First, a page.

Directly opposed to those views are the trends from the Upanishads through Schopenhauer to the renewal of western interest in eastern philosophy--culminating at the popular level in the Woodstock nation of the late sixties--and as I see it--now finally coming to fruition in the younger electorate with the enthousiasm generated for Barack Obama and what one might call: The New Enlightenment.
I left out one important element that connects the Woodstock Nation to Eastern philosophy:
A manual based on the Tibetan Book of the Dead By Timothy Leary, Ph.D., Ralph Metzner, Ph.D., & Richard Alpert, Ph.D.
The authors were engaged in a program of experiments with LSD and other psychedelic drugs at Harvard University, until sensational national publicity, unfairly concentrating on student interest in the drugs, led to the suspension of the experiments. Since then, the authors have continued their work without academic auspices.
This manual, based on the Bardo Thodol in the form of a loose translation, was written as a guide for those who would take LSD or other mind-altering substances and was dedicated to Aldous Huxley, who wrote: The Doors of Perception.+When Aldous Huxley was dying, he took a dose of LSD, as documented in LSD - My Problem Child, a book written by Albert Hofmann, who first synthesized this pschedelic substance.
Significantly, in this respect, when still going by the name of Franklin Jones, Adi Da himself was enrolled in an extensive CIA research program on the effects (and potentially 'useful' possiblities) of LSD. it was not long afterward that he developed a great interest and sensitivity for Eastern religion....
While there is no doubt that all good things turn bad when done or practiced indiscriminately or to excess, as is true even of religion itself, the connection between the ancient past and the contemporary presence, though circuitous, is clear--and it is important that we come to a better understanding of this connection, which was my intention. In addition, it should be more openly acknowledged that the connection between psychedelic drugs, religion and the death experience is a close one. It is no accident that Christians use the drinking of an alcoholic beverage as a sacrament--or that some Native American (or 'Siberian-American') communities ingest peyote in their religious ceremonies--or that Rastafarians smoke pot as a sacrament. It is entirely possible that we would never have developed any religious sense at all if at some time in the distant past the human species had not come across some kind of substance that gave them a different view of reality.
LSD itself was synthesized from ERGOT which is a disease that can be found in rye grass--and it is likely that some of these diseased grasses crept into the diet of ancient people, inducing visions of other realities, less apparently stable, more fluid, and similar to the experience of, let's say, people who experience an epileptic spell.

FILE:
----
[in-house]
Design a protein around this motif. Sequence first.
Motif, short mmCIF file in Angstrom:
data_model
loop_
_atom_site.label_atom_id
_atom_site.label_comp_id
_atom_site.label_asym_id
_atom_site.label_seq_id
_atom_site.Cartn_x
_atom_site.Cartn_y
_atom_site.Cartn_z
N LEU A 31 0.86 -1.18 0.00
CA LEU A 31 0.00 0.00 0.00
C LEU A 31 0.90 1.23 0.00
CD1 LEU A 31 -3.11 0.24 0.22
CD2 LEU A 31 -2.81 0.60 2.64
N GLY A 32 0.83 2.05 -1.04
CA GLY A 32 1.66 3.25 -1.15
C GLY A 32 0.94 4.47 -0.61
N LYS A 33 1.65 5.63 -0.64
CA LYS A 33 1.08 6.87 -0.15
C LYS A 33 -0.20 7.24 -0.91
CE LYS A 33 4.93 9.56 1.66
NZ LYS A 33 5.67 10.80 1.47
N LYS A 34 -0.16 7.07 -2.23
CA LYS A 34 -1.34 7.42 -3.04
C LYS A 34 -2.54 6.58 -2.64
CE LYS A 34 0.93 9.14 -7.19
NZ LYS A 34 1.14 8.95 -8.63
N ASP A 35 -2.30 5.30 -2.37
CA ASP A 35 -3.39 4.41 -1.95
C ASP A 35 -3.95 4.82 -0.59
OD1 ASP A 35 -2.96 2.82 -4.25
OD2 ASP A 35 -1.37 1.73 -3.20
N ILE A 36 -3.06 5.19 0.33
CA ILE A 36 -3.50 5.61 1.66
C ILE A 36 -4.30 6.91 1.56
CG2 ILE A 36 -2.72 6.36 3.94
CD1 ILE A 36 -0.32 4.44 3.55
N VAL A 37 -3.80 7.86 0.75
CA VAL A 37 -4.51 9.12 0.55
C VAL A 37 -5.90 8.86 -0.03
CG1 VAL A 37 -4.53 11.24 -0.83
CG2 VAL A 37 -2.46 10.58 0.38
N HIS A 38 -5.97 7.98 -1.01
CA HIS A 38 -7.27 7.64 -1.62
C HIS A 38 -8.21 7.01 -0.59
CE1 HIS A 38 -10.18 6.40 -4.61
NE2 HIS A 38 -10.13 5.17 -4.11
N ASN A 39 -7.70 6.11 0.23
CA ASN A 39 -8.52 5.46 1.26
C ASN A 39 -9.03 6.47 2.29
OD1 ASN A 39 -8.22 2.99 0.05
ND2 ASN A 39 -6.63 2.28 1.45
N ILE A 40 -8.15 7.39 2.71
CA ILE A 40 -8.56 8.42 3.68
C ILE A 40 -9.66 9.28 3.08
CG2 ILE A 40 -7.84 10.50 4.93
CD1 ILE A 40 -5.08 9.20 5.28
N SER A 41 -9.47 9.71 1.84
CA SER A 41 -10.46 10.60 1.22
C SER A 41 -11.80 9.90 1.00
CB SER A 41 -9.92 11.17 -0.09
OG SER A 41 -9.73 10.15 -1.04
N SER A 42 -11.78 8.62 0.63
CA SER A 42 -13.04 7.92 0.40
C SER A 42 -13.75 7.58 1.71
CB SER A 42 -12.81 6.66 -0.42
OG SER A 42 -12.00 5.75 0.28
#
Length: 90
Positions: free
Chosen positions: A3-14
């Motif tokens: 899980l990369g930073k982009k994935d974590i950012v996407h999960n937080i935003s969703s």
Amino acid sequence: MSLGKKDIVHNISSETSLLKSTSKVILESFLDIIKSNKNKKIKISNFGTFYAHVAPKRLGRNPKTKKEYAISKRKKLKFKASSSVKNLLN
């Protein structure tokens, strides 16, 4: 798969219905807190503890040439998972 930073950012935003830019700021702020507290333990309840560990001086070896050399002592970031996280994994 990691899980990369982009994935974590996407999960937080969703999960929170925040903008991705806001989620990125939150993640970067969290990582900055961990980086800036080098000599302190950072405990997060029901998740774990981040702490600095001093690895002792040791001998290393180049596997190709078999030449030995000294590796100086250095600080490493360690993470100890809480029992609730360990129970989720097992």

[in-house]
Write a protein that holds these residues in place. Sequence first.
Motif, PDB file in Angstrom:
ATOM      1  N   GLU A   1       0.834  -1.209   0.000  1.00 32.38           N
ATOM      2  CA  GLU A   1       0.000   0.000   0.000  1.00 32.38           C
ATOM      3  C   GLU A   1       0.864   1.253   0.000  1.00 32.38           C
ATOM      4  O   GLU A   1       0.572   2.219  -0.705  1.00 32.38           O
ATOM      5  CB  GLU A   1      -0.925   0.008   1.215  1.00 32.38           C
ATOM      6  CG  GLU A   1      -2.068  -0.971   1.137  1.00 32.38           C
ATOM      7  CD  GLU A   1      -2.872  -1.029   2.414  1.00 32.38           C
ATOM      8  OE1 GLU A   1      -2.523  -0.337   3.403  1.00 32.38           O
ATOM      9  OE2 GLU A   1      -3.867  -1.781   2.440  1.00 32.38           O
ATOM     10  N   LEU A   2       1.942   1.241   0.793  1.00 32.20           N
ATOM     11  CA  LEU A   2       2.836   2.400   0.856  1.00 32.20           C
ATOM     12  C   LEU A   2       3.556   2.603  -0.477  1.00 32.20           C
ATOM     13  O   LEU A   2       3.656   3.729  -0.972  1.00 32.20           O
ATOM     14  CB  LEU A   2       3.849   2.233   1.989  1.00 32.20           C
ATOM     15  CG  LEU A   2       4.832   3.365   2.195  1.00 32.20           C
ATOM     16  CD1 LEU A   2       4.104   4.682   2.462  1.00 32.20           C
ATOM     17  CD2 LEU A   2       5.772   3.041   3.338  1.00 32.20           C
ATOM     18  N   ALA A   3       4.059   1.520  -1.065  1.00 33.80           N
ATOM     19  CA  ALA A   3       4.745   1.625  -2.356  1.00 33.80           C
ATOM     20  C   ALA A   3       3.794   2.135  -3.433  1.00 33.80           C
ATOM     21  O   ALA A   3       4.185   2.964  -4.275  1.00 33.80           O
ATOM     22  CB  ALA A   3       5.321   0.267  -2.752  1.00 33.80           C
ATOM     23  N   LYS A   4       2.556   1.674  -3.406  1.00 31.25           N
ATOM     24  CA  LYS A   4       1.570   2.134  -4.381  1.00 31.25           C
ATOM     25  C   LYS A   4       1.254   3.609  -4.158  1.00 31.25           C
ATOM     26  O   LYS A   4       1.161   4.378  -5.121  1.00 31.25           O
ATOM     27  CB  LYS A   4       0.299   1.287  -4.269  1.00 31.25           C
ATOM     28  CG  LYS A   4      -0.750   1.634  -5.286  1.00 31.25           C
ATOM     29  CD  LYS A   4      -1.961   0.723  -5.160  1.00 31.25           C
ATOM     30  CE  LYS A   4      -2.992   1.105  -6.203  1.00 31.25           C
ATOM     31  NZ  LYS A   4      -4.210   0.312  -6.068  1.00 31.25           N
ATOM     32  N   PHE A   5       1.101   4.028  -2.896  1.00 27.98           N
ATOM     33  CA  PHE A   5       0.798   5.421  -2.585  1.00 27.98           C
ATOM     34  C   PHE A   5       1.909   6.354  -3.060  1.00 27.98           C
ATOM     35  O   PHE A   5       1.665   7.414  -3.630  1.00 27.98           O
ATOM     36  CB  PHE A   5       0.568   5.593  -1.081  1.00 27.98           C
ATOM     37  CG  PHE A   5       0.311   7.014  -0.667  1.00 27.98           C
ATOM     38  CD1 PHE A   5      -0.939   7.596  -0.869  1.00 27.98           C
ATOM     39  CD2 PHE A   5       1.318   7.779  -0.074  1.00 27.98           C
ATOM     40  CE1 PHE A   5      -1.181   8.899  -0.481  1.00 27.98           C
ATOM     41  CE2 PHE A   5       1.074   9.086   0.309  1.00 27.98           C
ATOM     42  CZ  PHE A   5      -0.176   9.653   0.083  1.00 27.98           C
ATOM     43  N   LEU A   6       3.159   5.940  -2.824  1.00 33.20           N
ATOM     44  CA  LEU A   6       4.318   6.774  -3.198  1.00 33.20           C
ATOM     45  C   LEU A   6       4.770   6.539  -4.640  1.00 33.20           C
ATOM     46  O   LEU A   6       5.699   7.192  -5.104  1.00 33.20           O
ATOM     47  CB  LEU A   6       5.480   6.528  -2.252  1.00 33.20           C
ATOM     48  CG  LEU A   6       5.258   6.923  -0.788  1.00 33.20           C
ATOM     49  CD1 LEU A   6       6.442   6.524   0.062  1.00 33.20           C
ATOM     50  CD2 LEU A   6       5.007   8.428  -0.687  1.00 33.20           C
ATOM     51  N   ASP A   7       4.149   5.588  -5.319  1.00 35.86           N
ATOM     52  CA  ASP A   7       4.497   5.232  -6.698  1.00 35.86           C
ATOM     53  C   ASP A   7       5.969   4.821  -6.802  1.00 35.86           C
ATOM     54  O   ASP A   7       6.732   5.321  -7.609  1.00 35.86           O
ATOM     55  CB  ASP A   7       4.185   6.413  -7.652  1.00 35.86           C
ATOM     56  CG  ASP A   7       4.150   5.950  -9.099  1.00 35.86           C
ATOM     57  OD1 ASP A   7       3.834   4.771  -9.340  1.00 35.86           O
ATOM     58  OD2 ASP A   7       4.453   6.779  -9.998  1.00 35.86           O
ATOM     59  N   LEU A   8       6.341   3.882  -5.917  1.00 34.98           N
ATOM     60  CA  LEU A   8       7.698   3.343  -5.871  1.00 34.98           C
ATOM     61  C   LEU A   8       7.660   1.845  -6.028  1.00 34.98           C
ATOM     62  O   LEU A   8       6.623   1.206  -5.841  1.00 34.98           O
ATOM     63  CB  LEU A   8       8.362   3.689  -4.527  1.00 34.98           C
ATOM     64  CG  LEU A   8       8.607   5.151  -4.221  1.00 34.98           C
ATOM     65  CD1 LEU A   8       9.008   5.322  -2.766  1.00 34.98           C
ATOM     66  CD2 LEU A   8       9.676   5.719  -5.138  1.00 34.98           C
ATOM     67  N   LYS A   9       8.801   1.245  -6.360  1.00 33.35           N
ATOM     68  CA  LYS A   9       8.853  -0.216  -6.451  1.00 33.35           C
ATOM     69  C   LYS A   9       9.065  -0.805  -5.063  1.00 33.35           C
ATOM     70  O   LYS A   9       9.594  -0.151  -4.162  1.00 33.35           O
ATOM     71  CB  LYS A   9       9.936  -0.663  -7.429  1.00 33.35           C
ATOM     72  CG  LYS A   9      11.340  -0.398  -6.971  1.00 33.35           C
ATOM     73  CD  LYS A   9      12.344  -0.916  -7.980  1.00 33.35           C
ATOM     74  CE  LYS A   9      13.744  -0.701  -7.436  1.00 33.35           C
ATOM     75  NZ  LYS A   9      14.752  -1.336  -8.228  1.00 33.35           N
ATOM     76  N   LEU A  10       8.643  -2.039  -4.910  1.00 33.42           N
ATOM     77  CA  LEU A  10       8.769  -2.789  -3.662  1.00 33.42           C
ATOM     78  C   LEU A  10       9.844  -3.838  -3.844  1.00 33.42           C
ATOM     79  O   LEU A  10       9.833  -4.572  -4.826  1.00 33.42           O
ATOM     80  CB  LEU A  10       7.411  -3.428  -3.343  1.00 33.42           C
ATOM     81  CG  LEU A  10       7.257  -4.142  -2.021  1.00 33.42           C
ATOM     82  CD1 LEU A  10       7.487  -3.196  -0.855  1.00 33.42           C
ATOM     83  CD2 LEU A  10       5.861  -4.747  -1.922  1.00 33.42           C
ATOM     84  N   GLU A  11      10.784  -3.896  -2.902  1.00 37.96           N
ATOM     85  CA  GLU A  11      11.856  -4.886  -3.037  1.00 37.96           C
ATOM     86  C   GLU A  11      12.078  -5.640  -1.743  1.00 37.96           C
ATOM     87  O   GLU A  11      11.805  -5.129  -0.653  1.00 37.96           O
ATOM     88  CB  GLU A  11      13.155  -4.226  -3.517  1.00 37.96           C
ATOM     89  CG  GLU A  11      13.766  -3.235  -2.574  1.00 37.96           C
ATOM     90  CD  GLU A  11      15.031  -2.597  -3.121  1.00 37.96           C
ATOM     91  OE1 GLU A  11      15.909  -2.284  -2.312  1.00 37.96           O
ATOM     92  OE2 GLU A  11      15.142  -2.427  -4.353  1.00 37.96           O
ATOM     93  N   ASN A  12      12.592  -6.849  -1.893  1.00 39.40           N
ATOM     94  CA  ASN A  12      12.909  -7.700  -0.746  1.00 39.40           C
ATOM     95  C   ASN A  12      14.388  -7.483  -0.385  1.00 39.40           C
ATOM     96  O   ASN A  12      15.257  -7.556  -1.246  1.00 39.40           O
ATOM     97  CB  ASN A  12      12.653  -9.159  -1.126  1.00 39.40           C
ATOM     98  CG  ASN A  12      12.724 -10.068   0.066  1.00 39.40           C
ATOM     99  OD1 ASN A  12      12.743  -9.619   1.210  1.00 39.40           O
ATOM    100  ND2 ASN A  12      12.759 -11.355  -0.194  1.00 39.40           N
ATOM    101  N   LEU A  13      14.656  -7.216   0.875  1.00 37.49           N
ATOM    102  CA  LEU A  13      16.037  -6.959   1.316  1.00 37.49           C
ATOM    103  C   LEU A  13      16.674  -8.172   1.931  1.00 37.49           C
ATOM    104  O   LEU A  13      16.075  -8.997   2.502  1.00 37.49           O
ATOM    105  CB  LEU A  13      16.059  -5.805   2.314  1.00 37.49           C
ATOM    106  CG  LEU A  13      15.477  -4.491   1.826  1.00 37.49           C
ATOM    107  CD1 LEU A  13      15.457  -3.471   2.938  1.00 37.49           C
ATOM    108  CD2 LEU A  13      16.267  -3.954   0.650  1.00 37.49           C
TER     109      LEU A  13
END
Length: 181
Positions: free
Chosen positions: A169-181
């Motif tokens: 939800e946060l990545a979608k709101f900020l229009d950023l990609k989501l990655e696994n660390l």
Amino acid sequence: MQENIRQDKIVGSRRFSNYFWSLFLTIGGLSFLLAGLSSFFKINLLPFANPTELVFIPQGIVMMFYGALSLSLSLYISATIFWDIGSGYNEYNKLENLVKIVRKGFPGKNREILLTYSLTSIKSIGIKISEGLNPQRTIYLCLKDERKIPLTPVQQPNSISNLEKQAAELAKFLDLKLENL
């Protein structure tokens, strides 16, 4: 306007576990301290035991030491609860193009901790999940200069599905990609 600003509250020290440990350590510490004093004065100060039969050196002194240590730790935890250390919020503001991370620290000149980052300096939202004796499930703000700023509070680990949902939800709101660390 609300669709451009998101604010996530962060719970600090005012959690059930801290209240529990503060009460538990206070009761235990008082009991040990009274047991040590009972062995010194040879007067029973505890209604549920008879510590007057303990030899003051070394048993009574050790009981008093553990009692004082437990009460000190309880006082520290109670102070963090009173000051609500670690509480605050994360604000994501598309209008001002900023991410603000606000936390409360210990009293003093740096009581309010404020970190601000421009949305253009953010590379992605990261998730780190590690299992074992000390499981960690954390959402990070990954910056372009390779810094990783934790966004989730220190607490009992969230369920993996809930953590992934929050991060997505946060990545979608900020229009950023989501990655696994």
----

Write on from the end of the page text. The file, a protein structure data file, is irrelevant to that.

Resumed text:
One famous epileptic who created a new religion and may have been the first monotheist in history was the Egyptian Pharaoh Echnaton, perhaps better known to the larger public as the father of 'King Tut' --who started in life as prince Tut-Anch-Aton, but changed his name to Tut-Anch-Amon once the monotheistic heresy of El Amarna had been squelched at the death (or exile) of his father. There are even some historians who suggest that echnaton and moses were the same person: Thema: Echnaton = Moses ?- but to pursue that suggestion here would lead me too far afield. After all, this is just a short journal entry, and intentionally so, for when one gets too long in the tooth, people's attention span understandably wanes. We want our modules of information to be short and snappy and preferably something you can take to bed. And no one really wants to curl up with a computer screen--well, may be some....
So let this be the conclusion of my three journal entries on Padmasambhava to Barack Obama and the sources for a new enlightenment.
I just hope that from now until the General Election both sides of the Democratic camp will refrain from the kind of dirty tricks the Clinton machine has gained so much experience in over the decades. If Clinton wins fair and square she will get my vote--and gladly, especially if she picks Obama as her running mate.
But if she finagles her way to the nomination by changing the rules, if she steals the nomination the way der Bushbaby stole the election from Al Gore, then that will just go to prove that all the stories that have been circulating about the Clinton machine are in fact true and many voters, including myself, who are loath to reward such misbehavior, may just sit on their hands in the general election--or vote for the interlopers, the Nader-Gonzalez ticket. And then we will have politics as usual, and no New Enlightenment as yet.